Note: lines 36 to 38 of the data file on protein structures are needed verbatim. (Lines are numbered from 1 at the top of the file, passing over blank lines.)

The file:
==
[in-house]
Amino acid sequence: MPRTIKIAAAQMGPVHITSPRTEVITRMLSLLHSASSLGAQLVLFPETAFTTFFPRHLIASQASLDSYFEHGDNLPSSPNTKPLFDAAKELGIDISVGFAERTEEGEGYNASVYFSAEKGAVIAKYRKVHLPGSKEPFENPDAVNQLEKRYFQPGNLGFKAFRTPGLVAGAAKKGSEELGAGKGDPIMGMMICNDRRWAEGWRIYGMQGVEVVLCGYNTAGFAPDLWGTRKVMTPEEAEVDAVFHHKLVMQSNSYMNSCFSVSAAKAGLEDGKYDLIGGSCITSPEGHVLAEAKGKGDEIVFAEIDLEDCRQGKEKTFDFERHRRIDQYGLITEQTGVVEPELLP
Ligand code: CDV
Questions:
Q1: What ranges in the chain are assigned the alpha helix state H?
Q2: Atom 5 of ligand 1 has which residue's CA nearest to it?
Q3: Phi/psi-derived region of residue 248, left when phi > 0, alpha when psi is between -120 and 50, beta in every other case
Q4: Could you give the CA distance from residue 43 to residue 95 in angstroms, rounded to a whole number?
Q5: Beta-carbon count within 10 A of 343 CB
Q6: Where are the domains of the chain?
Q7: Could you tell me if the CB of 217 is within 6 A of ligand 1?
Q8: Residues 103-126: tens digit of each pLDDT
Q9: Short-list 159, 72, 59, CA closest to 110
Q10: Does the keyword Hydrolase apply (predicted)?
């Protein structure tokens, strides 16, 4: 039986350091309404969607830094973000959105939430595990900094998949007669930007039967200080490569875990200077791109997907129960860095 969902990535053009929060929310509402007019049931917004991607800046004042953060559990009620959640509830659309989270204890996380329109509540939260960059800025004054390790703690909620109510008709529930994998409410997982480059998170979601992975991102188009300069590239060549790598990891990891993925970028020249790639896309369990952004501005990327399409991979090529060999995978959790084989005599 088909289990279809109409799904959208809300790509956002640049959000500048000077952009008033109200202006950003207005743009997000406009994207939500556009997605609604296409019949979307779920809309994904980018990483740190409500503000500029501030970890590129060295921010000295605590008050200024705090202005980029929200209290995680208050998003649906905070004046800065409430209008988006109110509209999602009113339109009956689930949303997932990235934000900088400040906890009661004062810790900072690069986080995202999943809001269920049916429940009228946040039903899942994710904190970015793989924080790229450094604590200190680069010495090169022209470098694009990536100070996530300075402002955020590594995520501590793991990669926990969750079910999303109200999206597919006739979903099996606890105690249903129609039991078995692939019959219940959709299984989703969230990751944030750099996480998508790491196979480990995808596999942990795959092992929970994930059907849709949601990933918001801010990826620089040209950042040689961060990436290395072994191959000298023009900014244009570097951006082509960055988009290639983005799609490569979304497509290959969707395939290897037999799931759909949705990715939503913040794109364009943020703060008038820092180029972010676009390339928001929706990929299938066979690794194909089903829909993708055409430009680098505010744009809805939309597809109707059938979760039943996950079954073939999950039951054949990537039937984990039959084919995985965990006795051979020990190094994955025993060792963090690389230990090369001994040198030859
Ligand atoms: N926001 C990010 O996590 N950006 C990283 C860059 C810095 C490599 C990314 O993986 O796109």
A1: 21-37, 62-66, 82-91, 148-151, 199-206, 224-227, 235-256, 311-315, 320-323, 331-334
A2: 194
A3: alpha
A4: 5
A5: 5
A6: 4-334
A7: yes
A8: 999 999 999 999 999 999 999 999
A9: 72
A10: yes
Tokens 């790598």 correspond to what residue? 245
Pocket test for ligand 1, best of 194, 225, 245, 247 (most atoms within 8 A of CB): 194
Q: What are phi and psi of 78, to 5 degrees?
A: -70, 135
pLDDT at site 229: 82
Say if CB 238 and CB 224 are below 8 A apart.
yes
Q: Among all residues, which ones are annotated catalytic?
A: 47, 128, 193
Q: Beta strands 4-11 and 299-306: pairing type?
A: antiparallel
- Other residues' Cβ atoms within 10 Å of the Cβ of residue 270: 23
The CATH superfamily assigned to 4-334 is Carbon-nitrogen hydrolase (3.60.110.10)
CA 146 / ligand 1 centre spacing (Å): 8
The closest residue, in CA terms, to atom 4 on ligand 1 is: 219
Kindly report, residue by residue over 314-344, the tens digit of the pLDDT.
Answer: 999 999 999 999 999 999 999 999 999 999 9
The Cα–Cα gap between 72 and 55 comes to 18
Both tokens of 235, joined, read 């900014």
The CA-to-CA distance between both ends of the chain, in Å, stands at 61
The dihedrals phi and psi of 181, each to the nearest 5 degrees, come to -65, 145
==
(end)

Q: Beta strands 4-11 and 299-306: pairing type?
A: antiparallel
- Other residues' Cβ atoms within 10 Å of the Cβ of residue 270: 23